CAT | Distribution
While the money spent on broadcast and cable production is reducing, threatened by tighter budgets imposed by shrinking audiences in the face of more diversity in programming sources, it’s great to see that there are others stepping into the gap. Obviously Netflix, who plan on spending $2 billion a year on original programming, but there are many other original programming sources coming down the pipe.
Deadline Hollywood has the story Hooked Digital Media Launches; Will Produce Original Filmed Content For Apps where Producer Neal Edelstein (Mulholland Dr., The Ring, The Invisible) and his Hooked Digital Media partners are producing entertainment for direct consumption on small screens via apps.
Dan Rayburn discusses some research results from Conviva at his blog at StreamingMedia.com and they suggest that there are still problems delivering television content via Internet Streaming. Regardless, Netflix plan to use streaming to replace broadcast television.
Northwestern Law professor Peter DiCola, has a new study entitled Money from Music: Survey Evidence on Musicians’ Revenue and Lessons About Copyright Incentives. What’s interesting is the divided opinion among musicians on whether or not unauthorized distribution, a.k.a. piracy, helps or hurts their income.
My goal was to open the discussion, asking if it’s possible to bring scale to niche content — and if so, what’s needed: Great content? Great distribution? Both? And how is it done?
Dan Rayburn, has written a provocative post titled: Streaming Video Can’t Scale At Cable TV Quality, Will Never Replace Traditional TV Distribution. Essentially he argues that there isn’t enough bandwidth for the large scale events. He’s only partly right. (more…)
Video Insider is a good read, and I recommend following them. Like many sites, they take a pass at Online Video Predictions for 2013. They vary from the cute:
1. The term “This is the year of online video” will be written and stated about 35% more often in 2013 than it was in 2012.
to the sly and accurate, slipping in at the end:
6. Branded content (Branded Video) production will be on the rise, but not enough to grab headlines or the kind of attention this trend will deserve. (more…)
We usually think of Bittorrent in terms of film, music or television “piracy”, but there are increasing legitimate uses (see The Promo Bay for example).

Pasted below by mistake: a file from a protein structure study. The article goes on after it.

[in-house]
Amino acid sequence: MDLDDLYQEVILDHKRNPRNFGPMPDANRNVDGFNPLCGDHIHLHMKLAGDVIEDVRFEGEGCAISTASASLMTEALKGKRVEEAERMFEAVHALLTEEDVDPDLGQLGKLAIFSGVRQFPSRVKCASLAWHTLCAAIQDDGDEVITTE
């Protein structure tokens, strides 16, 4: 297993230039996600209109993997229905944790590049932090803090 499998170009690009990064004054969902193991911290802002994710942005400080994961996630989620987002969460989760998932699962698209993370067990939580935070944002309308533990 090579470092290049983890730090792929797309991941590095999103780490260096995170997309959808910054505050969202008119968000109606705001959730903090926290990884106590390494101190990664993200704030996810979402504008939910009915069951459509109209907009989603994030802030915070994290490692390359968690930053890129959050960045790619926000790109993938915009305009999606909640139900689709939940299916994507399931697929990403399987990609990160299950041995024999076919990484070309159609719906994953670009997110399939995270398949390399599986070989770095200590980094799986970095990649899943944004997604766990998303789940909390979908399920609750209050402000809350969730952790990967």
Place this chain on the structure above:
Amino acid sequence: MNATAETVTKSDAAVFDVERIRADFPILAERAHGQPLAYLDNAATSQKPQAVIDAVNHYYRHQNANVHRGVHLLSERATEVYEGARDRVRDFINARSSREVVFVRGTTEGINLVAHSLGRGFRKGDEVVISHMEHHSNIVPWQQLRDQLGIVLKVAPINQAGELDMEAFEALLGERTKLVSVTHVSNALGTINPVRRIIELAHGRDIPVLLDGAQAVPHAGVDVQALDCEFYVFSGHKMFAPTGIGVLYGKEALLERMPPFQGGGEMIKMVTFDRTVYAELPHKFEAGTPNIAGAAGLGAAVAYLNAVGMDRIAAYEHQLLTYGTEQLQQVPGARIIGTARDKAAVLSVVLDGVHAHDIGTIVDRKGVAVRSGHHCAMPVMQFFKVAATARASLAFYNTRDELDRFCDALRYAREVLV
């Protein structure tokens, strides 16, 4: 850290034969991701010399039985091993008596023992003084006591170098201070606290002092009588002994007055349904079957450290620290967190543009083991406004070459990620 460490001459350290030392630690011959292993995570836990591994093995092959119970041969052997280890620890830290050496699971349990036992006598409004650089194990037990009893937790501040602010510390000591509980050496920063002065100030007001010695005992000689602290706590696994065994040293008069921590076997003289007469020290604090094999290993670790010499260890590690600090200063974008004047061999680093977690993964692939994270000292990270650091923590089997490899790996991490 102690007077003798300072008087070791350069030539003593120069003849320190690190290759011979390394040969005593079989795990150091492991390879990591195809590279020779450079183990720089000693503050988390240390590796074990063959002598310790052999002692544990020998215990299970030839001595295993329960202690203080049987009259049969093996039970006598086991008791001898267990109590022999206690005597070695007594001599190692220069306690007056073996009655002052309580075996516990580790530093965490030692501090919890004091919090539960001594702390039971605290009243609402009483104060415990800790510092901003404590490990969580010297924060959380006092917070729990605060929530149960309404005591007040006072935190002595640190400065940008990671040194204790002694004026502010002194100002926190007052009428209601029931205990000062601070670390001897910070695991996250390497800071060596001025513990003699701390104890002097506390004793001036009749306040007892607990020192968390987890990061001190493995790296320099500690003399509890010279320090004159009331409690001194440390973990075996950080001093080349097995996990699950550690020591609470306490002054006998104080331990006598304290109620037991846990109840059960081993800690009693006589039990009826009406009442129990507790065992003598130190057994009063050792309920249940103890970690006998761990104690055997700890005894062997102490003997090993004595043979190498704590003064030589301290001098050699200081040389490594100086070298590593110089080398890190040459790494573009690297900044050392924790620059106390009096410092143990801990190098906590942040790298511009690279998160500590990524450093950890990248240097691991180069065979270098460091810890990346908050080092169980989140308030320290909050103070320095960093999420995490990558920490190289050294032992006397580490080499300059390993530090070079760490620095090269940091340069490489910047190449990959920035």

I’ve also noted that the secret to success is to build a connection with fans and give them something to buy. Here’s an example where the author provided a lot of high value add-ons for his book, and linked to the book’s Amazon page, and sales go nuts. (more…)
The article of the same name at Techdirt starts with:
Just a few days after Joe Karaganis posted his response to the RIAA’s favorite researcher, Russ Crupnick of NPD Group, who suggested that Karaganis must be drunk and have little knowledge of statistics to publish a study showing that pirates tend to buy more — and then revealing his own numbers that showed the exact same thing – UK regulatory body Ofcom hascome out with a study saying the same exact thing again (found via TorrentFreak).
While the major record labels and movie studios do what they can to shutter The Pirate Bay, thousands of lesser known artists are eager to become featured on the site’s homepage. Since the start of the “Promo Bay” initiative in January, 10,000 independent artists have signed up to be promoted by the world’s largest torrent site. Those who were lucky enough to be featured have enjoyed a healthy career boost and in some cases earned thousands of dollars from file-sharing fans..
Conventional wisdom is that there is no value in “free” distribution, yet 10,000 artists – probably more than signed to all labels combined currently – have taken advantage of the offer: free music for promotion.
Who’s looking out of step now? Not the artists, that’s for sure.